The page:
A Study in Unrecognized Greatness
The Civil War and its willing (and sometimes unwilling) participants remains one of the most popular subjects in history. This is even more true when considering the stories of the 200,000 enlisted African American Civil War soldiers that have just begun to come to the light in the last few decades.
Take the movie Glory, for example. According to Hope & Glory: Essays on the Legacy of the Fifty-Fourth Massachusetts Regiment, “the film Glory has had a long-term, positive impact, stimulating both the visibility of and interest in the story of blacks in the Union army.” In addition, the article The True Story Behind the Movie Glory by Brian Palmer, the American historian and John J. and Cornelia V. Gibson Professor of History Elizabeth D. Leonard says that “we could benefit from learning more about each of the  black men who earned the Congressional Medal of Honor during the war, and about the experiences, courage, tenacity, and dignity of the tens of thousands of United States Colored Troops who, as white soldiers mustered out after Appomattox, remained on very dangerous occupation duty with their units in the angry and unreconstructed South.”
Conclusion: these stories, profiles and bios are important because they play a key role in presenting a more complete history of the American Civil War. Besides that, they are just plain good reading!
And that brings us to African American Faces of the Civil War: An Album, by researcher and renowned collector of Civil War photographs Ronald S. Coddington. This beautifully-packaged, well-written and quite powerful reference book actually debuted in 2012 and was written to share the rare tintypes, portraits and ambrotypes Mr. Coddington finds in museums, archives and private collections. It was also written to shine an even brighter light on the contributions of African Americans in the Civil War via their military records, pension files and personal documents.
There are 77 profiles in all, and each is better than the one before it. There's the story of Maj. Martin Robison Delaney (P. 3) who possessed “most defiant blackness” and who was received at the White House by President Abraham Lincoln. President Lincoln was so impressed with Delaney that he scribbled a note to Secretary of War Edwin M. Stanton that said: “Do not fail to have an interview with this most extraordinary and intelligent black man.”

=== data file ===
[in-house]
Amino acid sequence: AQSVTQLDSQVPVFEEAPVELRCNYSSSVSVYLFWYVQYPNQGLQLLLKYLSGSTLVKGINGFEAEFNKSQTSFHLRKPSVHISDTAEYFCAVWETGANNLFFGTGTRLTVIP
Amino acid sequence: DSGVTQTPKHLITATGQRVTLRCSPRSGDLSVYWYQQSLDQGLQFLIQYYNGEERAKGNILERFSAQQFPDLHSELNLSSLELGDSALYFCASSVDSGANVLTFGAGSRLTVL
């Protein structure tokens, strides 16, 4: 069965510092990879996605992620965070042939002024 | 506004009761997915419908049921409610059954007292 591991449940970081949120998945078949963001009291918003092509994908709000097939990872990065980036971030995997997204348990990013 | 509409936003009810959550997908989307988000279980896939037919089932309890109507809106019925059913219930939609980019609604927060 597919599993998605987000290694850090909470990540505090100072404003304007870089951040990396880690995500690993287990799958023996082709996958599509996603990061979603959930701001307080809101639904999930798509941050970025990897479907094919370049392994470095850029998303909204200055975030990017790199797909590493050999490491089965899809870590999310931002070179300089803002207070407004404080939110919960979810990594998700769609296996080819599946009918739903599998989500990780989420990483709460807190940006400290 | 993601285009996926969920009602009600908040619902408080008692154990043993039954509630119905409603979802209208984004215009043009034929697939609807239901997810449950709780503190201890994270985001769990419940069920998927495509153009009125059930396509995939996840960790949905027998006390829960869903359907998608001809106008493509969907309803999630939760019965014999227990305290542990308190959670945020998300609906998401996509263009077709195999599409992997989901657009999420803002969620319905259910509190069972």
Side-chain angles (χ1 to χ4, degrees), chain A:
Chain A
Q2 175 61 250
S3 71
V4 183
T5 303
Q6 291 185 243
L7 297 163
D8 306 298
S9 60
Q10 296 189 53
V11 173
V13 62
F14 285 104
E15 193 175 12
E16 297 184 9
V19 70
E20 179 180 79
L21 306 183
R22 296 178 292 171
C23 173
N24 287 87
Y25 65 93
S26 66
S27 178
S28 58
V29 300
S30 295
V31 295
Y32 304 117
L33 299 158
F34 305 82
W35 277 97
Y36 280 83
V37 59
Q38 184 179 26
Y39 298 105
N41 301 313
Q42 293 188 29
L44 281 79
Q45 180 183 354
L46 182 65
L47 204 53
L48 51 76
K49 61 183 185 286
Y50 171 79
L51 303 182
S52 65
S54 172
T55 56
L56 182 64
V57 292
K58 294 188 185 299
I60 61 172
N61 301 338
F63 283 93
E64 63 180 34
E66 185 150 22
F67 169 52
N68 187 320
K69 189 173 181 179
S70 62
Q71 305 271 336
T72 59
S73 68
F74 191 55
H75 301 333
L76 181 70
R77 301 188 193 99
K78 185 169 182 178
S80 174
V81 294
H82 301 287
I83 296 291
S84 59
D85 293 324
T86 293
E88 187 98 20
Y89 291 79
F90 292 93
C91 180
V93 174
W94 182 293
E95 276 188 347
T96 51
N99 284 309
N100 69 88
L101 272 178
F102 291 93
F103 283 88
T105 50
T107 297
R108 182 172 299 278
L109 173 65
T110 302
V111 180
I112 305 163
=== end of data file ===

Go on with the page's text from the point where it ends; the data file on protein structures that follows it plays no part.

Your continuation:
There is also the unsung story of one Nicholas “Nick” Biddle (P. 13) who was “the first man wounded in the Great American Rebellion” and who was able to sell thousands of photographs of his likeness because he was “the man whose blood was first spilled in the beginning of the war.”
There’s the story of 22-year old escaped slave Robert Smalls (P. 27) who was also known as the “Hero of the Planter” when he disguised himself as the ship’s captain and safely sailed a Confederate vessel through Confederate-infested waters by using “ the flags and signals from the ship’s whistle” until he and his fellow refugees made it safely into Union territory.
There’s also the heartwarming story of 16-year old Alex Johnson, known as “the original Drummer Boy,” who enlisted in the Fifty-fourth Massachusetts and marched side by side with Col. Shaw as they led the regiment to glory. Alex eventually mustered out of the army, got married, and became the father of seventeen children (P. 57).
African American Faces of the Civil War is just lovely. The prose is fast-paced but personal, and readers will feel as if these soldiers are telling their stories in their own words. Mr. Coddington's research is stunning, his details are meticulous, and he even went the next step and thoughtfully enlarged the pictures in his rare collection so that they are alive with power and detail.
This book would do well on high school and college library shelves. In fact, it would even do well in elementary and middle school shelves. The prose may be a bit of a challenge to younger children but the pictures will fire their imaginations.
Best wishes and happy researching,